take some of the following:
                 -m mode     Specify a security protocol mode for use.  mode is
                             one of following: transport, tunnel, or any.  The
                             default value is any.
                 -r size     Specify window size of bytes for replay prevention.
                             size must be decimal number in 32-bit word.  If size
                             is zero or not specified, replay checks don't take
                 -u id       Specify the identifier of the policy entry in the
                             SPD.  See policy.
                 -f pad_option
                             defines the content of the ESP padding.  pad_option
                             is one of following:
                             zero-pad    All the paddings are zero.
                             random-pad  A series of randomized values are used.
                             seq-pad     A series of sequential increasing numbers
                                         started from 1 are used.
                 -f nocyclic-seq
                             Don't allow cyclic sequence numbers.
                 -lh time
                 -ls time    Specify hard/soft life time duration of the SA mea-
                             sured in seconds.
                 -bh bytes
                 -bs bytes   Specify hard/soft life time duration of the SA mea-
                             sured in bytes transported.
                 -ctx doi algorithm context-name
                             Specify an access control label.  The access control
                             label is interpreted by the LSM (e.g., SELinux).
                             Ultimately, it enables MAC on network communications.
                             doi         The domain of interpretation, which is
                                         used by the IKE daemon to identify the
                                         domain in which negotiation takes place.
                             algorithm   Indicates the LSM for which the label is
                                         generated (e.g., SELinux).
                                         The string representation of the label
                                         that is interpreted by the LSM.
                 -E ealgo key
                             Specify an encryption algorithm ealgo for ESP.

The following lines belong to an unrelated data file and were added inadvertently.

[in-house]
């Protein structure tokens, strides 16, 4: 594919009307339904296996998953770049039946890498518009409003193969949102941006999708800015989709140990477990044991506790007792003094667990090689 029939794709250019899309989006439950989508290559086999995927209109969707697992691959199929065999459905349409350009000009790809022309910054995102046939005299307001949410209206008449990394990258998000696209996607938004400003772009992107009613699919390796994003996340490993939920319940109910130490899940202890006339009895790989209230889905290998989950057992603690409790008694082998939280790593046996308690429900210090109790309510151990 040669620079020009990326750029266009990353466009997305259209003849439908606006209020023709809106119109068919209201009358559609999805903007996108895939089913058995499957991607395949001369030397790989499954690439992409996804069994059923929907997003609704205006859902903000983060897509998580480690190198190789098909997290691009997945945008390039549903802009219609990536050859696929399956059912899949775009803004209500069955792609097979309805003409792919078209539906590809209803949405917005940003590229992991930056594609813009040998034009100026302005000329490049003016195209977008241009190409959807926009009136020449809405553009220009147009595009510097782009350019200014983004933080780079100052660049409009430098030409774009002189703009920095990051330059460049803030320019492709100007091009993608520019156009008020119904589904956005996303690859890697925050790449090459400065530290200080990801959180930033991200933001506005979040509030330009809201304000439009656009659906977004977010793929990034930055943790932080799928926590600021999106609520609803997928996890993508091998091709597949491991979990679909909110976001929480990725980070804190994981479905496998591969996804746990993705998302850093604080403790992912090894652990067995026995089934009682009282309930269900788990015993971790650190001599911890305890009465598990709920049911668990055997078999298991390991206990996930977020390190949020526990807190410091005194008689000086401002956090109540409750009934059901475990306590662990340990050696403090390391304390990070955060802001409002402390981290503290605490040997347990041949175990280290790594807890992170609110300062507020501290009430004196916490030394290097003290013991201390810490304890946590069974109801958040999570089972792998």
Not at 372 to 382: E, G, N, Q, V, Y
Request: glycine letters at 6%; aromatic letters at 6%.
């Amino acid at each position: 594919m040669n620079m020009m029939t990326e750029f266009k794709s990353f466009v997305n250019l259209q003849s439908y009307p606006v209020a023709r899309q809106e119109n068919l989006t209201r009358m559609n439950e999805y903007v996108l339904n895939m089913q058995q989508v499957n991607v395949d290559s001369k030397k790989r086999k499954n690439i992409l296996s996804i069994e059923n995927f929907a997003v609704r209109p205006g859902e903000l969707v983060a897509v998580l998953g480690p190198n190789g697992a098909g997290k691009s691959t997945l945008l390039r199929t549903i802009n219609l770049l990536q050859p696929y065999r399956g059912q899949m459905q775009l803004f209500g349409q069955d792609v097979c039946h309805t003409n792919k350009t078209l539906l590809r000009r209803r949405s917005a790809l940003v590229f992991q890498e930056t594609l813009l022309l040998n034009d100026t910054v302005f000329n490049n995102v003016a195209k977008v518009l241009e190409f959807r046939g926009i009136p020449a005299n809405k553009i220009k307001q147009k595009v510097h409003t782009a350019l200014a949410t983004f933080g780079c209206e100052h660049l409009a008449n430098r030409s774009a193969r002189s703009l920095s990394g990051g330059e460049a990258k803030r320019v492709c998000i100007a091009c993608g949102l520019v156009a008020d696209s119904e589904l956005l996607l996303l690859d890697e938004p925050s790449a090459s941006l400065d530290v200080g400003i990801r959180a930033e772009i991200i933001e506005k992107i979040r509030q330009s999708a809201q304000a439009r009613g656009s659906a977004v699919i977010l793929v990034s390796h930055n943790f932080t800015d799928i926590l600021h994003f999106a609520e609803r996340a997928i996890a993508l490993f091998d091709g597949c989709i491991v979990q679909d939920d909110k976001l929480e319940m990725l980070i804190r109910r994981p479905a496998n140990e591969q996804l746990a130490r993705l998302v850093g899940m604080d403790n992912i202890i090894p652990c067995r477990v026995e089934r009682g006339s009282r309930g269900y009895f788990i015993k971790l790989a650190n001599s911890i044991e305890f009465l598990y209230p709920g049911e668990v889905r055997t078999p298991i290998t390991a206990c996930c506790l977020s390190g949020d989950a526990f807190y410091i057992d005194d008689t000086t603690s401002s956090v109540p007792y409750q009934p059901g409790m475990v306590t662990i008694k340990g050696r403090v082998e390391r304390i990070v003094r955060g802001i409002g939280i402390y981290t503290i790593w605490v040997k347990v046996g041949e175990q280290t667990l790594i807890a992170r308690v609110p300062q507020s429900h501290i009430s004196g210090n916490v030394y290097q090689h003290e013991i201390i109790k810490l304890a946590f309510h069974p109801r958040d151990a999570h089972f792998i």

-E ealgo key -A aalgo key
                             Specify an encryption algorithm ealgo, as well as a
                             payload authentication algorithm aalgo, for ESP.
                 -A aalgo key
                             Specify an authentication algorithm for AH.
                 These select the communications that should be secured by IPsec.
                 They can be an IPv4/v6 address or an IPv4/v6 address range, and
                 may be accompanied by a TCP/UDP port specification.  This takes
                 the following form:
                 prefixlen and port must be decimal numbers.  The square brackets
                 around port are really necessary, they are not man page meta-
                 characters.  For FQDN resolution, the rules applicable to src and
                 dst apply here as well.
                 Upper-layer protocol to be used.  You can use one of the words in
                 /etc/protocols as upperspec, or icmp6, ip4, gre, or any.  any
                 stands for "any protocol".  You can also use the protocol number.
                 Additional specification can be placed after the protocol name
                 for some protocols.  You can specify a type and/or a code of ICMP
                 or ICMPv6.  The type is separated from a code by single comma and
                 the code must always be specified.  GRE key can be specified in
                 dotted-quad format or as plain number.  When a zero is specified,
                 the kernel deals with it as a wildcard.  Note that the kernel can
                 not distinguish a wildcard from an ICPMv6 type of zero.
                 For example, the following means that the policy doesn't require
                 IPsec for any inbound Neighbor Solicitation.
                       spdadd ::/0 ::/0 icmp6 135,0 -P in none;
                 A second example of requiring transport mode encryption of spe-